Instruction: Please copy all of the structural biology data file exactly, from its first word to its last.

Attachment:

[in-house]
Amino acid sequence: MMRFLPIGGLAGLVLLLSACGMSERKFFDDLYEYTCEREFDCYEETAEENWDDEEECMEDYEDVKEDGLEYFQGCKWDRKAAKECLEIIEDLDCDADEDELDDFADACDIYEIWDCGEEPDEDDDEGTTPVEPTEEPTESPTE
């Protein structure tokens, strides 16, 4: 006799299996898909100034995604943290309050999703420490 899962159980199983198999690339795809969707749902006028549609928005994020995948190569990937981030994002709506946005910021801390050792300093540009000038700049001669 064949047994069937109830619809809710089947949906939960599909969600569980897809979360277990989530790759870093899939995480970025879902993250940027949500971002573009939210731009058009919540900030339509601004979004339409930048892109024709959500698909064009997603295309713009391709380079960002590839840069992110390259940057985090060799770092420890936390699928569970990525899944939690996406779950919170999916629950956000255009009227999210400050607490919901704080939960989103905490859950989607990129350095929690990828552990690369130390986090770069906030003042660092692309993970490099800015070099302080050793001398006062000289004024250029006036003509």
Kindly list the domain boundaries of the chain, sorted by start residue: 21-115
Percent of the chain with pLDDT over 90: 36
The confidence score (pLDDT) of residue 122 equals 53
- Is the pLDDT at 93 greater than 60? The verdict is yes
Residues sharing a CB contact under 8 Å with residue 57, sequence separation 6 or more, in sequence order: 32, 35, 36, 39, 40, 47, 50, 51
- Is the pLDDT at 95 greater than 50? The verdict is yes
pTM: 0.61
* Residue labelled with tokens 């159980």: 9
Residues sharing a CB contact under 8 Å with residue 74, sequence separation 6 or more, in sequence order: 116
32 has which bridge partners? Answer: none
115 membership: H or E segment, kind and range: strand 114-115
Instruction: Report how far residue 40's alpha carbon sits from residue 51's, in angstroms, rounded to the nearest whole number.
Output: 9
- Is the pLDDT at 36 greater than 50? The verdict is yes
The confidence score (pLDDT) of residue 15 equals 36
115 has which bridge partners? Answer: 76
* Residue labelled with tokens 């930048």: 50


[in-house]
Amino acid sequence: MMRFLPIGGLAGLVLLLSACGMSERKFFDDLYEYTCEREFDCYEETAEENWDDEEECMEDYEDVKEDGLEYFQGCKWDRKAAKECLEIIEDLDCDADEDELDDFADACDIYEIWDCGEEPDEDDDEGTTPVEPTEEPTESPTE
């Protein structure tokens, strides 16, 4: 006799299996898909100034995604943290309050999703420490 899962159980199983198999690339795809969707749902006028549609928005994020995948190569990937981030994002709506946005910021801390050792300093540009000038700049001669 064949047994069937109830619809809710089947949906939960599909969600569980897809979360277990989530790759870093899939995480970025879902993250940027949500971002573009939210731009058009919540900030339509601004979004339409930048892109024709959500698909064009997603295309713009391709380079960002590839840069992110390259940057985090060799770092420890936390699928569970990525899944939690996406779950919170999916629950956000255009009227999210400050607490919901704080939960989103905490859950989607990129350095929690990828552990690369130390986090770069906030003042660092692309993970490099800015070099302080050793001398006062000289004024250029006036003509």
Kindly list the domain boundaries of the chain, sorted by start residue: 21-115
Percent of the chain with pLDDT over 90: 36
The confidence score (pLDDT) of residue 122 equals 53
- Is the pLDDT at 93 greater than 60? The verdict is yes
Residues sharing a CB contact under 8 Å with residue 57, sequence separation 6 or more, in sequence order: 32, 35, 36, 39, 40, 47, 50, 51
- Is the pLDDT at 95 greater than 50? The verdict is yes
pTM: 0.61
* Residue labelled with tokens 């159980």: 9
Residues sharing a CB contact under 8 Å with residue 74, sequence separation 6 or more, in sequence order: 116
32 has which bridge partners? Answer: none
115 membership: H or E segment, kind and range: strand 114-115
Instruction: Report how far residue 40's alpha carbon sits from residue 51's, in angstroms, rounded to the nearest whole number.
Output: 9
- Is the pLDDT at 36 greater than 50? The verdict is yes
The confidence score (pLDDT) of residue 15 equals 36
115 has which bridge partners? Answer: 76
* Residue labelled with tokens 């930048």: 50